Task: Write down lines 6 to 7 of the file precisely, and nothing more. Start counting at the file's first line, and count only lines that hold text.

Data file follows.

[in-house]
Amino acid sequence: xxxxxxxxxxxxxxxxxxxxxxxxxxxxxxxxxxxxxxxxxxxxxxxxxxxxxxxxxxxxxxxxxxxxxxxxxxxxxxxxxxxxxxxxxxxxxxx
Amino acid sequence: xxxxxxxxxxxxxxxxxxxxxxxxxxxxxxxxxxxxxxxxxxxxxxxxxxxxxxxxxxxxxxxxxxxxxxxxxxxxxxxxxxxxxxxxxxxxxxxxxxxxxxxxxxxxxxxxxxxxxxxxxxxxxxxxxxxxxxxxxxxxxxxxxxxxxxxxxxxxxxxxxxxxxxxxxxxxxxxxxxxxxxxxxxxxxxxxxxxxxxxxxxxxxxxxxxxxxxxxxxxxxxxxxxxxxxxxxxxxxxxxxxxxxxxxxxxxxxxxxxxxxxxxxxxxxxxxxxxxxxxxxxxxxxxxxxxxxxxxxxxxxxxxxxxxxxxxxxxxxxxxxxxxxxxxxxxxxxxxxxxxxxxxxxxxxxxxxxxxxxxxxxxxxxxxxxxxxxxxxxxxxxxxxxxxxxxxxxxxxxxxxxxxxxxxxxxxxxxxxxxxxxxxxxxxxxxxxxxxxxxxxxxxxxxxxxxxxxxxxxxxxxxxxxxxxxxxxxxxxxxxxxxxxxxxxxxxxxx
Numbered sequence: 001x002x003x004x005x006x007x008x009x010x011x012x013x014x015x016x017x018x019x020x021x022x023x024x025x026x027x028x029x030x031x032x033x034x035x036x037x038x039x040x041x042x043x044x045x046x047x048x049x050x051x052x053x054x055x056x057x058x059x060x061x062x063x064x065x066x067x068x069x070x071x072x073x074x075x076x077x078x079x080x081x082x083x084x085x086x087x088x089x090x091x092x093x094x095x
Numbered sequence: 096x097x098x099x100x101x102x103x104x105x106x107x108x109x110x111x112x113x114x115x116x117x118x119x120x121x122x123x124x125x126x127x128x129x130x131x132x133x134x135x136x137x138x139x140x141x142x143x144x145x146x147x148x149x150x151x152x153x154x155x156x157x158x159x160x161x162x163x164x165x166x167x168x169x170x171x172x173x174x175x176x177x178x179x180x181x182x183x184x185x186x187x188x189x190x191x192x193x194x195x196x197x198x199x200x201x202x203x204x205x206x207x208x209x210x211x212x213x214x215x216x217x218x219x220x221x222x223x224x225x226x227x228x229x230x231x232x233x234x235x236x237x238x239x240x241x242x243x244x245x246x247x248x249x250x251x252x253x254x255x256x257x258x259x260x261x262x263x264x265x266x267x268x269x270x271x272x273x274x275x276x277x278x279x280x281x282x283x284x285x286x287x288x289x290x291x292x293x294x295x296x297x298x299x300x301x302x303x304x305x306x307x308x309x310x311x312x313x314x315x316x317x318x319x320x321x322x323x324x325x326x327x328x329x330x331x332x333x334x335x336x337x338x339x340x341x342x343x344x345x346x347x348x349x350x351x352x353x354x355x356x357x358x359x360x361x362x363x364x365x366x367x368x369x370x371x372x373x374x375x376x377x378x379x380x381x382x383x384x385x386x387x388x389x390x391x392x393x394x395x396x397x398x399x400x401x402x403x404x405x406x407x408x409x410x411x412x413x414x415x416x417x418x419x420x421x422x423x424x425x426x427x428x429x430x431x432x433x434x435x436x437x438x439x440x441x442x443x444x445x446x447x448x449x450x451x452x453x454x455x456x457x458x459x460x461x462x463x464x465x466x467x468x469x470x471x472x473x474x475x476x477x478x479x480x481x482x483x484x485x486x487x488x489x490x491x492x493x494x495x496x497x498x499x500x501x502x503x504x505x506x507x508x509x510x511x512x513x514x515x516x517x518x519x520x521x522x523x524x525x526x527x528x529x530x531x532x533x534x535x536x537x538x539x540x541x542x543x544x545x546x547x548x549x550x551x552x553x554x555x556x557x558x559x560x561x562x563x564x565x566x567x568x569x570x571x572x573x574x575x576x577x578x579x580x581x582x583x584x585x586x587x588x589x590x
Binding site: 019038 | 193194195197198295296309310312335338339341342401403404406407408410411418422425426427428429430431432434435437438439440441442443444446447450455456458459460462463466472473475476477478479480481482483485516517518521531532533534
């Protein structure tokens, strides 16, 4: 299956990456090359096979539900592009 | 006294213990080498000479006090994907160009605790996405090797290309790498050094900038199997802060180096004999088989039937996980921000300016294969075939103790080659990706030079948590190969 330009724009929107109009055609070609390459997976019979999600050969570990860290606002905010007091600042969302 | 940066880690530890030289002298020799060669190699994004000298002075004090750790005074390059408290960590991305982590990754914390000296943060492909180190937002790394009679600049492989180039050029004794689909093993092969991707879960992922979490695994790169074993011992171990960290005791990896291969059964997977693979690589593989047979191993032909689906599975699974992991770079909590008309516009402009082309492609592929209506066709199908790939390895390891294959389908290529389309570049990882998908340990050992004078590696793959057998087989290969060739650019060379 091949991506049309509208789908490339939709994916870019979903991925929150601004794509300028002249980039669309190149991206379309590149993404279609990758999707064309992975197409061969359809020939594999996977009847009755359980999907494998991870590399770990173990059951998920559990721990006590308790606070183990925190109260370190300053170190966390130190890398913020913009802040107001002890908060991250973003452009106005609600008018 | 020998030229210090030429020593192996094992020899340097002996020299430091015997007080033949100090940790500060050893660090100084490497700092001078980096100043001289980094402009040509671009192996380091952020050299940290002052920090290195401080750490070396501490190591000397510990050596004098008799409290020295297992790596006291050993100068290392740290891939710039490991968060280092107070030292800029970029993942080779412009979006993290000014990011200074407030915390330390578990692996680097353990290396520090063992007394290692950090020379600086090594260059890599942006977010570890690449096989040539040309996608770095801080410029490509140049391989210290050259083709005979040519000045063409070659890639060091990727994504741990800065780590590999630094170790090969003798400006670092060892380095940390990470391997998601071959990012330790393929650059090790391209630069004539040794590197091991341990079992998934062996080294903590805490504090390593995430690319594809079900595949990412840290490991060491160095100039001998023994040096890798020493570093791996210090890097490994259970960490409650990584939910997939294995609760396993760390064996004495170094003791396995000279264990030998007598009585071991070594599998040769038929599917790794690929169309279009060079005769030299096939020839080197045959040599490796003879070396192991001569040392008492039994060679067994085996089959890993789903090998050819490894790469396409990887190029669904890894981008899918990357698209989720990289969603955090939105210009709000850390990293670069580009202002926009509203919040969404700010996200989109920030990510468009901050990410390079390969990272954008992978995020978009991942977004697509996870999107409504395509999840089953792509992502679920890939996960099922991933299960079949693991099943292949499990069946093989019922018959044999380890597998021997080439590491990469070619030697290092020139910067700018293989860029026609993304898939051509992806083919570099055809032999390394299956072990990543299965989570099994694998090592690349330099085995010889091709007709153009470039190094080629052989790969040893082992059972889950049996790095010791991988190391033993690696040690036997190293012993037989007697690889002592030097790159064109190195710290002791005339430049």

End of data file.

Binding site: 019038 | 193194195197198295296309310312335338339341342401403404406407408410411418422425426427428429430431432434435437438439440441442443444446447450455456458459460462463466472473475476477478479480481482483485516517518521531532533534
């Protein structure tokens, strides 16, 4: 299956990456090359096979539900592009 | 006294213990080498000479006090994907160009605790996405090797290309790498050094900038199997802060180096004999088989039937996980921000300016294969075939103790080659990706030079948590190969 330009724009929107109009055609070609390459997976019979999600050969570990860290606002905010007091600042969302 | 940066880690530890030289002298020799060669190699994004000298002075004090750790005074390059408290960590991305982590990754914390000296943060492909180190937002790394009679600049492989180039050029004794689909093993092969991707879960992922979490695994790169074993011992171990960290005791990896291969059964997977693979690589593989047979191993032909689906599975699974992991770079909590008309516009402009082309492609592929209506066709199908790939390895390891294959389908290529389309570049990882998908340990050992004078590696793959057998087989290969060739650019060379 091949991506049309509208789908490339939709994916870019979903991925929150601004794509300028002249980039669309190149991206379309590149993404279609990758999707064309992975197409061969359809020939594999996977009847009755359980999907494998991870590399770990173990059951998920559990721990006590308790606070183990925190109260370190300053170190966390130190890398913020913009802040107001002890908060991250973003452009106005609600008018 | 020998030229210090030429020593192996094992020899340097002996020299430091015997007080033949100090940790500060050893660090100084490497700092001078980096100043001289980094402009040509671009192996380091952020050299940290002052920090290195401080750490070396501490190591000397510990050596004098008799409290020295297992790596006291050993100068290392740290891939710039490991968060280092107070030292800029970029993942080779412009979006993290000014990011200074407030915390330390578990692996680097353990290396520090063992007394290692950090020379600086090594260059890599942006977010570890690449096989040539040309996608770095801080410029490509140049391989210290050259083709005979040519000045063409070659890639060091990727994504741990800065780590590999630094170790090969003798400006670092060892380095940390990470391997998601071959990012330790393929650059090790391209630069004539040794590197091991341990079992998934062996080294903590805490504090390593995430690319594809079900595949990412840290490991060491160095100039001998023994040096890798020493570093791996210090890097490994259970960490409650990584939910997939294995609760396993760390064996004495170094003791396995000279264990030998007598009585071991070594599998040769038929599917790794690929169309279009060079005769030299096939020839080197045959040599490796003879070396192991001569040392008492039994060679067994085996089959890993789903090998050819490894790469396409990887190029669904890894981008899918990357698209989720990289969603955090939105210009709000850390990293670069580009202002926009509203919040969404700010996200989109920030990510468009901050990410390079390969990272954008992978995020978009991942977004697509996870999107409504395509999840089953792509992502679920890939996960099922991933299960079949693991099943292949499990069946093989019922018959044999380890597998021997080439590491990469070619030697290092020139910067700018293989860029026609993304898939051509992806083919570099055809032999390394299956072990990543299965989570099994694998090592690349330099085995010889091709007709153009470039190094080629052989790969040893082992059972889950049996790095010791991988190391033993690696040690036997190293012993037989007697690889002592030097790159064109190195710290002791005339430049």